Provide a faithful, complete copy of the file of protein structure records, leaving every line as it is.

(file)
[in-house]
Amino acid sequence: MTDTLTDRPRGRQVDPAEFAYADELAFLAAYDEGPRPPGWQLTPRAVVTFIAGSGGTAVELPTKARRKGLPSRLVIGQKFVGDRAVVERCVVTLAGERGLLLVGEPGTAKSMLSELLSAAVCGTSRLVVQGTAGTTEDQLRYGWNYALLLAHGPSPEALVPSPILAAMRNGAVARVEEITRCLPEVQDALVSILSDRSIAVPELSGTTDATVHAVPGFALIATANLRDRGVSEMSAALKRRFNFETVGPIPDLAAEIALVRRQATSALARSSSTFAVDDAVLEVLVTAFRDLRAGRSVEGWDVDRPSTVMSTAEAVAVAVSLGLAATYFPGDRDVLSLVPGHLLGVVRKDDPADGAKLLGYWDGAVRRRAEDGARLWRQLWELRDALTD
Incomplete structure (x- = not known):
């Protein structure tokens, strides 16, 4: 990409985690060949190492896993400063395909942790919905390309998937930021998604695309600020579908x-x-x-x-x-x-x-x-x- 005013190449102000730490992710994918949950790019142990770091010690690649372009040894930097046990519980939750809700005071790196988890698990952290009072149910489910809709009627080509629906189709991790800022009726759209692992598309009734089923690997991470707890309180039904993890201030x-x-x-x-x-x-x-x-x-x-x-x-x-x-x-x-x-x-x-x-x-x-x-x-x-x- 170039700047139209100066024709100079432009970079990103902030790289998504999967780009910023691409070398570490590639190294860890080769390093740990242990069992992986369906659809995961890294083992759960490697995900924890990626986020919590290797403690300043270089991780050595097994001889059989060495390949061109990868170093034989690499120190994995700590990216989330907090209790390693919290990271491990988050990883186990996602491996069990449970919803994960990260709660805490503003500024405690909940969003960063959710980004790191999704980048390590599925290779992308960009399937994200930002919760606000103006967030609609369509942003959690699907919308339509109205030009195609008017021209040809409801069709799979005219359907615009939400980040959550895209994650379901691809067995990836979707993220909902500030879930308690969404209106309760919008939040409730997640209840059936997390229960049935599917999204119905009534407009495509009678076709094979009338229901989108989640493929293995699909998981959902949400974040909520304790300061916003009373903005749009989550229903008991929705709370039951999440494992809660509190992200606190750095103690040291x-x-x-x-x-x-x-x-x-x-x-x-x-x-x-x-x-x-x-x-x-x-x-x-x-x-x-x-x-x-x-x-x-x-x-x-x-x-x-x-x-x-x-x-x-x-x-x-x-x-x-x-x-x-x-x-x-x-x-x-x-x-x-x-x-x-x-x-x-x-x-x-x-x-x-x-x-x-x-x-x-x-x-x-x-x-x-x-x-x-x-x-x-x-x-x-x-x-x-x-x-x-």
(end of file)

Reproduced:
[in-house]
Amino acid sequence: MTDTLTDRPRGRQVDPAEFAYADELAFLAAYDEGPRPPGWQLTPRAVVTFIAGSGGTAVELPTKARRKGLPSRLVIGQKFVGDRAVVERCVVTLAGERGLLLVGEPGTAKSMLSELLSAAVCGTSRLVVQGTAGTTEDQLRYGWNYALLLAHGPSPEALVPSPILAAMRNGAVARVEEITRCLPEVQDALVSILSDRSIAVPELSGTTDATVHAVPGFALIATANLRDRGVSEMSAALKRRFNFETVGPIPDLAAEIALVRRQATSALARSSSTFAVDDAVLEVLVTAFRDLRAGRSVEGWDVDRPSTVMSTAEAVAVAVSLGLAATYFPGDRDVLSLVPGHLLGVVRKDDPADGAKLLGYWDGAVRRRAEDGARLWRQLWELRDALTD
Incomplete structure (x- = not known):
């Protein structure tokens, strides 16, 4: 990409985690060949190492896993400063395909942790919905390309998937930021998604695309600020579908x-x-x-x-x-x-x-x-x- 005013190449102000730490992710994918949950790019142990770091010690690649372009040894930097046990519980939750809700005071790196988890698990952290009072149910489910809709009627080509629906189709991790800022009726759209692992598309009734089923690997991470707890309180039904993890201030x-x-x-x-x-x-x-x-x-x-x-x-x-x-x-x-x-x-x-x-x-x-x-x-x-x- 170039700047139209100066024709100079432009970079990103902030790289998504999967780009910023691409070398570490590639190294860890080769390093740990242990069992992986369906659809995961890294083992759960490697995900924890990626986020919590290797403690300043270089991780050595097994001889059989060495390949061109990868170093034989690499120190994995700590990216989330907090209790390693919290990271491990988050990883186990996602491996069990449970919803994960990260709660805490503003500024405690909940969003960063959710980004790191999704980048390590599925290779992308960009399937994200930002919760606000103006967030609609369509942003959690699907919308339509109205030009195609008017021209040809409801069709799979005219359907615009939400980040959550895209994650379901691809067995990836979707993220909902500030879930308690969404209106309760919008939040409730997640209840059936997390229960049935599917999204119905009534407009495509009678076709094979009338229901989108989640493929293995699909998981959902949400974040909520304790300061916003009373903005749009989550229903008991929705709370039951999440494992809660509190992200606190750095103690040291x-x-x-x-x-x-x-x-x-x-x-x-x-x-x-x-x-x-x-x-x-x-x-x-x-x-x-x-x-x-x-x-x-x-x-x-x-x-x-x-x-x-x-x-x-x-x-x-x-x-x-x-x-x-x-x-x-x-x-x-x-x-x-x-x-x-x-x-x-x-x-x-x-x-x-x-x-x-x-x-x-x-x-x-x-x-x-x-x-x-x-x-x-x-x-x-x-x-x-x-x-x-």